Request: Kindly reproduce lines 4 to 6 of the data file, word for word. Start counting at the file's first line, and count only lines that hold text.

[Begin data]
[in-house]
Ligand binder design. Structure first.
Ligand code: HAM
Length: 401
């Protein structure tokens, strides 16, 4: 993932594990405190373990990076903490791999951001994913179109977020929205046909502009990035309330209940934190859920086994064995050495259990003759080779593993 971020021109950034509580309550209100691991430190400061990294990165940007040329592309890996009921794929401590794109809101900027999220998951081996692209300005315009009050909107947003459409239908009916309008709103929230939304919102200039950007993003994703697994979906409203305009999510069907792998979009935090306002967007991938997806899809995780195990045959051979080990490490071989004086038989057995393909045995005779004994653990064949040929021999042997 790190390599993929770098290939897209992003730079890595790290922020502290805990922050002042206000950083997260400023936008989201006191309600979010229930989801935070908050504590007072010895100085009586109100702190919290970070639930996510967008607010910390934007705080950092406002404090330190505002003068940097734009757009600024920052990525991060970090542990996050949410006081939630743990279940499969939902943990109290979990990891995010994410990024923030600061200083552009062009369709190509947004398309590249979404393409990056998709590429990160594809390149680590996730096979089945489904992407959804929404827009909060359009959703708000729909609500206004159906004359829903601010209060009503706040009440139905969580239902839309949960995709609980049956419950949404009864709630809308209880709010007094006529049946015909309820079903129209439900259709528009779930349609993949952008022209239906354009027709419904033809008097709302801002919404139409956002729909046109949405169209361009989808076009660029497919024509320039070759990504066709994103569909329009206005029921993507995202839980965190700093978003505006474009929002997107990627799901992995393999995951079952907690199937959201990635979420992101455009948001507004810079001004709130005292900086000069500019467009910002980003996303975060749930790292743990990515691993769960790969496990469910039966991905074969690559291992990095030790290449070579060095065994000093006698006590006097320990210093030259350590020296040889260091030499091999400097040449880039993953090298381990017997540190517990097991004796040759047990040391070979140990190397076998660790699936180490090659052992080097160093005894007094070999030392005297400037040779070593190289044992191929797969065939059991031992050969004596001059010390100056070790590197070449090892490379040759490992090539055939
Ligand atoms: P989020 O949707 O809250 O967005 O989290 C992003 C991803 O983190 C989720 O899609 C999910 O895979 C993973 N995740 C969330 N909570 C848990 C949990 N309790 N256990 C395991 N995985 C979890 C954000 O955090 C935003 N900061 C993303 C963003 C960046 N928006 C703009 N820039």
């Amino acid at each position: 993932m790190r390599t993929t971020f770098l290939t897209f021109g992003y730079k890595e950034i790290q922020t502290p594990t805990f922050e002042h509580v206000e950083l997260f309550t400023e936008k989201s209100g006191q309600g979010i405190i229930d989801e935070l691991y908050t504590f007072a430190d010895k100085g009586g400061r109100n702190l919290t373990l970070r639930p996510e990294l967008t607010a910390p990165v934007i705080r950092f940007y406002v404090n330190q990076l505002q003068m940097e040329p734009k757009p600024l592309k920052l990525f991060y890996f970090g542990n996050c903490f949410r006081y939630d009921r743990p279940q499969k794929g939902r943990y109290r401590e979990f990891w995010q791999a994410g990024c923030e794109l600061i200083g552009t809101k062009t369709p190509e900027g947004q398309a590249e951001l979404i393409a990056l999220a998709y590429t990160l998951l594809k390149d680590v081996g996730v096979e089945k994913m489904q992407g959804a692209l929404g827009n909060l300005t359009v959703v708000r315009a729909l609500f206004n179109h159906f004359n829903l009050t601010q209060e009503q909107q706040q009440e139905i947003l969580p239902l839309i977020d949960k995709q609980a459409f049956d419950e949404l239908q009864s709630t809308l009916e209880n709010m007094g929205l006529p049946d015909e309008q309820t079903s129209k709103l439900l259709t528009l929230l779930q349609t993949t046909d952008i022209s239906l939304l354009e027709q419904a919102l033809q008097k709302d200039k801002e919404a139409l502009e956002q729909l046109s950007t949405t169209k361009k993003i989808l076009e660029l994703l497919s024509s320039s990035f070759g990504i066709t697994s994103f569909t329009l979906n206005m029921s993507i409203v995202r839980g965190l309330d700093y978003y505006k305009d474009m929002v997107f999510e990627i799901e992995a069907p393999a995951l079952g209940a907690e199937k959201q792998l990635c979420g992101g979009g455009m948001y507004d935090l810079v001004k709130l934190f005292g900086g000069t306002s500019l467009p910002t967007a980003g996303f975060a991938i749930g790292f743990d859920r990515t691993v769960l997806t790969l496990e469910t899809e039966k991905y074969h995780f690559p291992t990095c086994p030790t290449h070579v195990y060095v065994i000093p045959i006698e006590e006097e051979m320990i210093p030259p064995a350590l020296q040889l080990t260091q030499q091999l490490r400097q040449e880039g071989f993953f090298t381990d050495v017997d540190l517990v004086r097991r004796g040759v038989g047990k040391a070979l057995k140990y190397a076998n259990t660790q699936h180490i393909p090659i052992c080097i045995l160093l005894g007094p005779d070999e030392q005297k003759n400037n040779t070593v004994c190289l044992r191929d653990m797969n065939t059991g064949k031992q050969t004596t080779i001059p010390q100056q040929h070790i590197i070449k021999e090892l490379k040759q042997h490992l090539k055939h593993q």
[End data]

Length: 401
């Protein structure tokens, strides 16, 4: 993932594990405190373990990076903490791999951001994913179109977020929205046909502009990035309330209940934190859920086994064995050495259990003759080779593993 971020021109950034509580309550209100691991430190400061990294990165940007040329592309890996009921794929401590794109809101900027999220998951081996692209300005315009009050909107947003459409239908009916309008709103929230939304919102200039950007993003994703697994979906409203305009999510069907792998979009935090306002967007991938997806899809995780195990045959051979080990490490071989004086038989057995393909045995005779004994653990064949040929021999042997 790190390599993929770098290939897209992003730079890595790290922020502290805990922050002042206000950083997260400023936008989201006191309600979010229930989801935070908050504590007072010895100085009586109100702190919290970070639930996510967008607010910390934007705080950092406002404090330190505002003068940097734009757009600024920052990525991060970090542990996050949410006081939630743990279940499969939902943990109290979990990891995010994410990024923030600061200083552009062009369709190509947004398309590249979404393409990056998709590429990160594809390149680590996730096979089945489904992407959804929404827009909060359009959703708000729909609500206004159906004359829903601010209060009503706040009440139905969580239902839309949960995709609980049956419950949404009864709630809308209880709010007094006529049946015909309820079903129209439900259709528009779930349609993949952008022209239906354009027709419904033809008097709302801002919404139409956002729909046109949405169209361009989808076009660029497919024509320039070759990504066709994103569909329009206005029921993507995202839980965190700093978003505006474009929002997107990627799901992995393999995951079952907690199937959201990635979420992101455009948001507004810079001004709130005292900086000069500019467009910002980003996303975060749930790292743990990515691993769960790969496990469910039966991905074969690559291992990095030790290449070579060095065994000093006698006590006097320990210093030259350590020296040889260091030499091999400097040449880039993953090298381990017997540190517990097991004796040759047990040391070979140990190397076998660790699936180490090659052992080097160093005894007094070999030392005297400037040779070593190289044992191929797969065939059991031992050969004596001059010390100056070790590197070449090892490379040759490992090539055939
Ligand atoms: P989020 O949707 O809250 O967005 O989290 C992003 C991803 O983190 C989720 O899609 C999910 O895979 C993973 N995740 C969330 N909570 C848990 C949990 N309790 N256990 C395991 N995985 C979890 C954000 O955090 C935003 N900061 C993303 C963003 C960046 N928006 C703009 N820039």